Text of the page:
It’s 1972 and I can see V.S. Naipaul strolling through the streets of Buenos Aires. Well, sometimes he’s strolling, but sometimes, when he’s on his way to meetings or keeping appointments, his gait is quick and his eyes take in only what he needs to see in order to reach his destination with a minimum of bother, whether it’s a private dwelling or, more often, a restaurant or a café, since many of those who’ve agreed to meet him have chosen a public place, as if they were intimidated by this peculiar Englishman, or as if they’d been disconcerted by the author of Miguel Street and A House for Mr. Biswas when they met him in the flesh and had thought: Well, I didn’t think it would be like this, or: This isn’t the man I’d imagined, or: Nobody told me.
So there he is, Naipaul, and it seems that all he can notice are outward movements, but in fact he’s noticing inward movements too, although he interprets them in his own way, sometimes arbitrarily, and he’s moving through Buenos Aires in the year 1972 and writing as he moves or perhaps only wanting to write as his legs move through that strange city, and he’s still young, forty years old, but he already has a considerable body of work behind him, a body of work that doesn’t weigh him down or prevent him from moving briskly through Buenos Aires when he has an appointment to keep—the weight of the work, that’s something to which we shall have to return, the weight and the pride that he takes in his work, the weight and the responsibility, which don’t prevent his legs from moving nimbly or his hand from rising to hail a taxi, as he acts in character, like the man he is, a man who keeps his appointments punctually—but he is weighed down by the work when he goes strolling through Buenos Aires without appointments to exercise his British punctuality, without any pressing obligations, just walking along those strange avenues and streets, through that city in the southern hemisphere, so like the cities of the northern hemisphere, and yet nothing like them at all, a hole, a void that someone has suddenly inflated, a show that is strictly for local consumption; that’s when he feels the weight of the work, and it’s tiring to carry that weight as he walks, it exhausts him, it’s irritating and shameful.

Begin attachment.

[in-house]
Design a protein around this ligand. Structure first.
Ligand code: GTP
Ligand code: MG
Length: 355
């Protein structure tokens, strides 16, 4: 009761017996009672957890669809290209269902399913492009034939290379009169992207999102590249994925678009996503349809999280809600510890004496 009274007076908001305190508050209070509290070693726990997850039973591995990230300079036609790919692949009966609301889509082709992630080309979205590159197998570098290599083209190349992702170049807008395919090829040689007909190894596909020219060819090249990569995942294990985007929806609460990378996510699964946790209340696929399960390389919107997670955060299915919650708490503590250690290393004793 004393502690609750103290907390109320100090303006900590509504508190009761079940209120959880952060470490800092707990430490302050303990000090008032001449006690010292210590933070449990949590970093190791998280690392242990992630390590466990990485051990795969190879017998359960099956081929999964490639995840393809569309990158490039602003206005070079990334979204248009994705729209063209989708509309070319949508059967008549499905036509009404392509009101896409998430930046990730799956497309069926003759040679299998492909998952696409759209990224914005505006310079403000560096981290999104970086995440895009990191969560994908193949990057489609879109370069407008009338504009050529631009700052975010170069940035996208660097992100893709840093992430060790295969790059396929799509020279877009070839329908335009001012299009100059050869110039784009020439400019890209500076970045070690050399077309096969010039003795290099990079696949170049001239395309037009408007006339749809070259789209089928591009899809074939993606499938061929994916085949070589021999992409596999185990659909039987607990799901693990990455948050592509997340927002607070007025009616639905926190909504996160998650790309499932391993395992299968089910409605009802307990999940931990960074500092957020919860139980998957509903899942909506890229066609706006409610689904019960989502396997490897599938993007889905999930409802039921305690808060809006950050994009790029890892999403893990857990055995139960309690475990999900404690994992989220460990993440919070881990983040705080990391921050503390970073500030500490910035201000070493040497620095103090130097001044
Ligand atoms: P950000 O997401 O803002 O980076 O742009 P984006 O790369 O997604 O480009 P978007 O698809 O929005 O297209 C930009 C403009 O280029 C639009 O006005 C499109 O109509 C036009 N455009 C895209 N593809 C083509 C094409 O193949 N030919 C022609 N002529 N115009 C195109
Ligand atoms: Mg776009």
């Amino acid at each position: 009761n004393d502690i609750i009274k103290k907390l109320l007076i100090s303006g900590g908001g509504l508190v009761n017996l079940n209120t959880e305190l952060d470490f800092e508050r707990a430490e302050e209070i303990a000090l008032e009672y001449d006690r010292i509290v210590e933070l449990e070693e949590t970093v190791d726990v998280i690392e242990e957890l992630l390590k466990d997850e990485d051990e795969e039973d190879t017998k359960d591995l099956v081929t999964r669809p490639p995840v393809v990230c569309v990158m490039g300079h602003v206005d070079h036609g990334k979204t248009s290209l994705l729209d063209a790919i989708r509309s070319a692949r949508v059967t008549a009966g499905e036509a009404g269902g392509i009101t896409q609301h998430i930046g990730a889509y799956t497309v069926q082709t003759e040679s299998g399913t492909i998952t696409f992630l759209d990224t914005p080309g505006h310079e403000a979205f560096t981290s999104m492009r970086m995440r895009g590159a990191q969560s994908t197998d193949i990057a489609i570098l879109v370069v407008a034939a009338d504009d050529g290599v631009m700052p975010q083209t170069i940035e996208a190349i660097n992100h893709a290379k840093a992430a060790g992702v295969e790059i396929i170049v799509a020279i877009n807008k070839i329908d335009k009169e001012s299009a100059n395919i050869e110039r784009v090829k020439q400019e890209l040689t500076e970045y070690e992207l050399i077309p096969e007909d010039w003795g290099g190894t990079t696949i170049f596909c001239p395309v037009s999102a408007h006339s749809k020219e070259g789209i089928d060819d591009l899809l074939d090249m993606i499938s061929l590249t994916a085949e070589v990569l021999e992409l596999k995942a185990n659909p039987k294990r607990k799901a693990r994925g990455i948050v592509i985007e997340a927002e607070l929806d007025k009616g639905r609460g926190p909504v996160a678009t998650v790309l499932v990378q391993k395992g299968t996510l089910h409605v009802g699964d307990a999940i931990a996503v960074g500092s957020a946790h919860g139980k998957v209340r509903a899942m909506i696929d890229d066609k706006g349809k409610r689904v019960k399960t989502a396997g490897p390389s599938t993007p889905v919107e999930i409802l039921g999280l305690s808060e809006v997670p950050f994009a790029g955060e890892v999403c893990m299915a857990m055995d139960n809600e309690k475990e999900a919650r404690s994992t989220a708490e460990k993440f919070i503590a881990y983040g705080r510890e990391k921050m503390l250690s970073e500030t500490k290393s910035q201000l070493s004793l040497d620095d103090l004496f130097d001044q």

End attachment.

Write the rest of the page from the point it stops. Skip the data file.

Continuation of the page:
Many years ago, before V.S. Naipaul—a writer whom I hold in high regard, by the way—won the Nobel Prize, I tried to write a story about him, with the title “Scholars of Sodom.” The story began in Buenos Aires, where Naipaul had gone to write the long article on Eva Perón that was later included in a book published in Spain by Seix Barral in 1983. In the story, Naipaul arrived in Buenos Aires, I think it was his second visit to the city, and took a cab—and that’s where I got stuck, which doesn’t say much for my powers of imagination. I had some other scenes in mind that I didn’t get around to writing. Mainly meetings and visits. Naipaul at newspaper offices. Naipaul at the home of a writer and political activist. Naipaul at the home of an upper-class literary lady. Naipaul making phone calls, returning to his hotel late at night, staying up and diligently making notes. Naipaul observing people. Sitting at a table in a famous café trying not to miss a single word. Naipaul visiting Borges. Naipaul returning to England and going through his notes. A brief but engaging account of the following series of events: the election of Perón’s candidate, Perón’s return, the election of Péron, the first symptoms of conflict within the Peronist camp, the right-wing armed groups, the Montoneros, the death of Perón, his widow’s presidency, the indescribable López Rega, the army’s position, violence flaring up again between right- and left-wing Peronists, the coup, the dirty war, the killings. But I might be getting all mixed up. Maybe Naipaul’s article stopped before the coup; it probably came out before it was known how many had disappeared, before the scale of the atrocities was confirmed. In my story, Naipaul simply walked through the streets of Buenos Aires and somehow had a presentiment of the hell that would soon engulf the city. In that respect his article was prophetic, a modest, minor prophecy, nothing to match Sábato’s Abbadon the Exterminator, but with a modicum of good will it could be seen as a member of the same family, a family of nihilist works paralyzed by horror. When I say “paralyzed,” I mean it literally, not as a criticism. I’m thinking of the way some small boys freeze when suddenly confronted by an unforeseen horror, unable even to shut their eyes. I’m thinking of the way some girls have been known to die from a heart attack before the rapist has finished with them. Some literary artists are like those boys and girls. And that’s how Naipaul was in my story, in spite of himself. He kept his eyes open and maintained his customary lucidity. He had what the Spanish call bad milk, a kind of spleen that immunized him against appeals to vulgar sentimentality. But in his nights of wandering around Buenos Aires, he, or his antennae, also picked up the static of hell. The problem was that he didn’t know how to extract the messages from that noise, a predicament that certain writers, certain literary artists, find particularly unsettling.